Feb 102016
 

I love you graffitti

How’s your self-love level? If you’ve struggled to love and approve of yourself, chances are you’ve created a list of personal qualities  you like, love or approve of.  They may be physical: eyes, smile, height, weight, physical conditioning. Or, perhaps they’re spiritual or emotional qualities that influence the way you move through the world. It’s easy to love your loyalty, your compassion, or your enthusiasm, but what about the rest of you?

Sometimes making (or reading) those lists can make us cringe, bringing up concerns about being “stuck up,” selfish, or self-centered. Those thoughts can make it difficult to stay enthusiastic about your list.

What is healthy self-love? I think it requires a level of honesty and humility that allows us to see and accept our positive traits and the ones we don’t enjoy so much. We’ve learned that some of our yuckier traits can be an invitation to grow and change, an idea that works pretty well… until we bump into that critical voice inside. You know, the one that tells us we’re somehow less than others? The Inner Critic. The Inner Editor. The Bully in Your Brain. Yeah. That one.

OLD HEART

That’s when we start zooming around the web, reading up on the most popular Inner Critic management techniques. You find coach after coach, author after author offering tips and tactics to silence that inner voice. Get rid of it, once and for all.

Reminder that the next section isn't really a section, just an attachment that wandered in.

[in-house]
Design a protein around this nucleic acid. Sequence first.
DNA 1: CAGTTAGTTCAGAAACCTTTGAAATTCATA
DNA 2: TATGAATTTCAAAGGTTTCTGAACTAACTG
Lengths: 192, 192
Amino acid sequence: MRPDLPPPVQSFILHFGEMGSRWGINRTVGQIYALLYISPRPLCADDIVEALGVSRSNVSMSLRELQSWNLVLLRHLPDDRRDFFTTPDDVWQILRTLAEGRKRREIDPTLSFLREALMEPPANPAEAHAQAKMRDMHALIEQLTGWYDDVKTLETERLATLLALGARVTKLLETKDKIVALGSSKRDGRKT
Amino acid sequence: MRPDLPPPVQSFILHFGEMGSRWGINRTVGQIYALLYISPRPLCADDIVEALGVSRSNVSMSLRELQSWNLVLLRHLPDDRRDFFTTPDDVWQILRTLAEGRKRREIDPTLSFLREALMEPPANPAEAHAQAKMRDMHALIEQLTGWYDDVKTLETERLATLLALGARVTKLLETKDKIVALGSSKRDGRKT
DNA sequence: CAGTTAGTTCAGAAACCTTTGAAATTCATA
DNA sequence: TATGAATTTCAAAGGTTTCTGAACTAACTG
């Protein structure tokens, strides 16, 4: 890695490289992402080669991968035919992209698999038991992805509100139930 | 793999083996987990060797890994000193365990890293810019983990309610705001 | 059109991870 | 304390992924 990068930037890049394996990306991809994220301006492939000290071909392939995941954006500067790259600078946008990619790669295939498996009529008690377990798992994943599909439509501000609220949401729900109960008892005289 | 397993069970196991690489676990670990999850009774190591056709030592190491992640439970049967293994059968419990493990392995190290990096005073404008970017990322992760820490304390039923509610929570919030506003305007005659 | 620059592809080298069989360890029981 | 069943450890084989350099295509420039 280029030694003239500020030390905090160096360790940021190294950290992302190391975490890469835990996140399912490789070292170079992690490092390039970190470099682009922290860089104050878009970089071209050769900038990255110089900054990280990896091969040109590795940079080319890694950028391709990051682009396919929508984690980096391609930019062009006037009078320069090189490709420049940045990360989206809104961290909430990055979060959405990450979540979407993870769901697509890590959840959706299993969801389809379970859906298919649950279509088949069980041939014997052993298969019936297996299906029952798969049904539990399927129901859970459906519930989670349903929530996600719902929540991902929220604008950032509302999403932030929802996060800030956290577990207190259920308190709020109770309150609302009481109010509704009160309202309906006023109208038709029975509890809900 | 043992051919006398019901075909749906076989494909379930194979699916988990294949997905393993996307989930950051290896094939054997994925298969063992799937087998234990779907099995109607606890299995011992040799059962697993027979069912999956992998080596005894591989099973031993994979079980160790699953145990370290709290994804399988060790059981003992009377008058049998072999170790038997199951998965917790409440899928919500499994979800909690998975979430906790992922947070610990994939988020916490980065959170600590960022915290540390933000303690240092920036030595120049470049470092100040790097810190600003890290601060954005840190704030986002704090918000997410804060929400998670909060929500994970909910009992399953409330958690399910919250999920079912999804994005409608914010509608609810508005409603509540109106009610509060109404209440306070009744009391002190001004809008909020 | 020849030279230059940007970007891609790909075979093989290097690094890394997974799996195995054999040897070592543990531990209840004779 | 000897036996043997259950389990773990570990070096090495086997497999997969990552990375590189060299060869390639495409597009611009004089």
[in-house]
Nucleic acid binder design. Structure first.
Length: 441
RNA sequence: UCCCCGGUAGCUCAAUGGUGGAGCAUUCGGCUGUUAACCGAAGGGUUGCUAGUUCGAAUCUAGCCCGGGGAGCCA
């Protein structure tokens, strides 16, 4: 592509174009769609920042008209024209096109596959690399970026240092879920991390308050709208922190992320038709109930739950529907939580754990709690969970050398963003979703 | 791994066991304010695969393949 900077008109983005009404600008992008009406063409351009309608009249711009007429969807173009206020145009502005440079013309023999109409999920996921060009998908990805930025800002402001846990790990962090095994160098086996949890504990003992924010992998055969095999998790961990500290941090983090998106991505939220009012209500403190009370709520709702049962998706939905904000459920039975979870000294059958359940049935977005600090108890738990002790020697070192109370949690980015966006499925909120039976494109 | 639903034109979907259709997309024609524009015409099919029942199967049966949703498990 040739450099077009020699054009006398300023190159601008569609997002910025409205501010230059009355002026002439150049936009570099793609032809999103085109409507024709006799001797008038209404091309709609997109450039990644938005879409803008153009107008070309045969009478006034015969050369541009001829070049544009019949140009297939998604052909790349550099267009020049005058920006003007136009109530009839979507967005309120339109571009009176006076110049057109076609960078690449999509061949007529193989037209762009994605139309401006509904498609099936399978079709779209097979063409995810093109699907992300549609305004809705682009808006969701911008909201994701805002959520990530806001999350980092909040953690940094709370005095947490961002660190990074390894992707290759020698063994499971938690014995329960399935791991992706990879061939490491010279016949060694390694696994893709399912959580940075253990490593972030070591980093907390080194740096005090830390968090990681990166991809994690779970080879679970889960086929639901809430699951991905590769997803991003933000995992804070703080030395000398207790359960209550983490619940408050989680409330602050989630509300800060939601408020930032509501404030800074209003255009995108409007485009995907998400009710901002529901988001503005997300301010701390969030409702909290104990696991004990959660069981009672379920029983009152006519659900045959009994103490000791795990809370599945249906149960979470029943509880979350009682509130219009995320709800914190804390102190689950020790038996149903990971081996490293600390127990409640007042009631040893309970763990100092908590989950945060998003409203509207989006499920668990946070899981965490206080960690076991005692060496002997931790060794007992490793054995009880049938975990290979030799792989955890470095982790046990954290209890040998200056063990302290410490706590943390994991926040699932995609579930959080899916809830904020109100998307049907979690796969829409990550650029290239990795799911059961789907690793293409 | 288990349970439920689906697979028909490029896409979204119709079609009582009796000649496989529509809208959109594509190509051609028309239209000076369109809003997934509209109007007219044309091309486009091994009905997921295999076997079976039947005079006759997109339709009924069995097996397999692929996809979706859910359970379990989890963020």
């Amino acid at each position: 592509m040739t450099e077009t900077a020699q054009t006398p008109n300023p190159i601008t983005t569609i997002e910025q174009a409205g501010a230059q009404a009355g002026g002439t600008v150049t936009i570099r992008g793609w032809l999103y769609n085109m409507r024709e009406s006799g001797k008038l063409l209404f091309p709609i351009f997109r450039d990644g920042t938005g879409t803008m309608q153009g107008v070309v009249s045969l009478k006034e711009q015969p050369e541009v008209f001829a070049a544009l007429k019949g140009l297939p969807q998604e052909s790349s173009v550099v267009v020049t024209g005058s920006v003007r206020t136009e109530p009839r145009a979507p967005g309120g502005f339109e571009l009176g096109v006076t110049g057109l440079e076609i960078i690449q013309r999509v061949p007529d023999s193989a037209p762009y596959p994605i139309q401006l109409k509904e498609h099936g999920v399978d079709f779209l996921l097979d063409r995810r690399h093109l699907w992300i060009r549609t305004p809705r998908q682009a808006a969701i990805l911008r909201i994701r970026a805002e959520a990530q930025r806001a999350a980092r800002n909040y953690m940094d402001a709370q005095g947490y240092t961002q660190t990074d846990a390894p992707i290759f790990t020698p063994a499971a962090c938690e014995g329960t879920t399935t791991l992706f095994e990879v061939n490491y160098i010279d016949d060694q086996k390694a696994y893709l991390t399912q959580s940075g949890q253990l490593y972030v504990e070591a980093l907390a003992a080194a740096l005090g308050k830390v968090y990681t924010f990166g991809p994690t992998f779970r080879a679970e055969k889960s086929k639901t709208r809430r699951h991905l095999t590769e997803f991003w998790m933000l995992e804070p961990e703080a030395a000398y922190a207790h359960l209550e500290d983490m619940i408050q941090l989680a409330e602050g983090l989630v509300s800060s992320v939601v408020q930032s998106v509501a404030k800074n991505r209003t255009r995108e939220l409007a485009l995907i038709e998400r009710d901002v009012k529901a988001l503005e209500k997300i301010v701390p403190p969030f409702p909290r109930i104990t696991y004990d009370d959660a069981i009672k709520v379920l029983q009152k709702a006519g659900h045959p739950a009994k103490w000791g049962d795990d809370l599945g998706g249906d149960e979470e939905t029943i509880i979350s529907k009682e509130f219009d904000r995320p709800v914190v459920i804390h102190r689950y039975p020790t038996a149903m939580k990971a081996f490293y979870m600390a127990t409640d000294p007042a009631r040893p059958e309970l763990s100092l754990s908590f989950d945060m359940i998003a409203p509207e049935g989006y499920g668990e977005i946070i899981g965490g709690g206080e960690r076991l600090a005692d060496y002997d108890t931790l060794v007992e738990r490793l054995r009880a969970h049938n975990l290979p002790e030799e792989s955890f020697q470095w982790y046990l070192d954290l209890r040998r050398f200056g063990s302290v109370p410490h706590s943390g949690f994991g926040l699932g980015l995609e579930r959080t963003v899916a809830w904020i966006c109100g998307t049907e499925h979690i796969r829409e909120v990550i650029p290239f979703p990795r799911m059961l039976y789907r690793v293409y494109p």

And, if you’ve followed that advice, you’ve probably had yet another interesting discovery: the problem with most those strategies is, if they work at all, it’s not for long, is it? Efforts to silence the Inner Critic simply bring it back, stronger than it was before.

So what’s the answer? What does it take to get that voice to behave? Love. Unconditional love and radical self-acceptance. It’s true. As much as that naggy voice doesn’t feel good? It’s an important part of us, an inner warning system. To get to a comfortable level of self-love and self-acceptance means we’ve got to find a way to love that voice, too. #imagineselflove

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Andrea Patten is the author of The Inner Critic Advantage: Making Peace With the Noise in Your Head a little book full of big ideas about how — and why — you can learn to love “that voice.”   The Inner Critic Advantage is now available on Amazon.

TICA-Front-Cover

 

 

 February 10, 2016  Posted by  Happiness, Inner Critic, Thinking 13 Responses »
Feb 032016
 

Independence

 

Alcoholism. Drug abuse. Eating disorders. Compulsive gambling.Addictive disorders impact individuals and families — lots of families. The Faces and Voices of Recovery Campaign conducted a random phone survey and reported that more than 65% of all families are touched by addiction to alcohol or other drugs.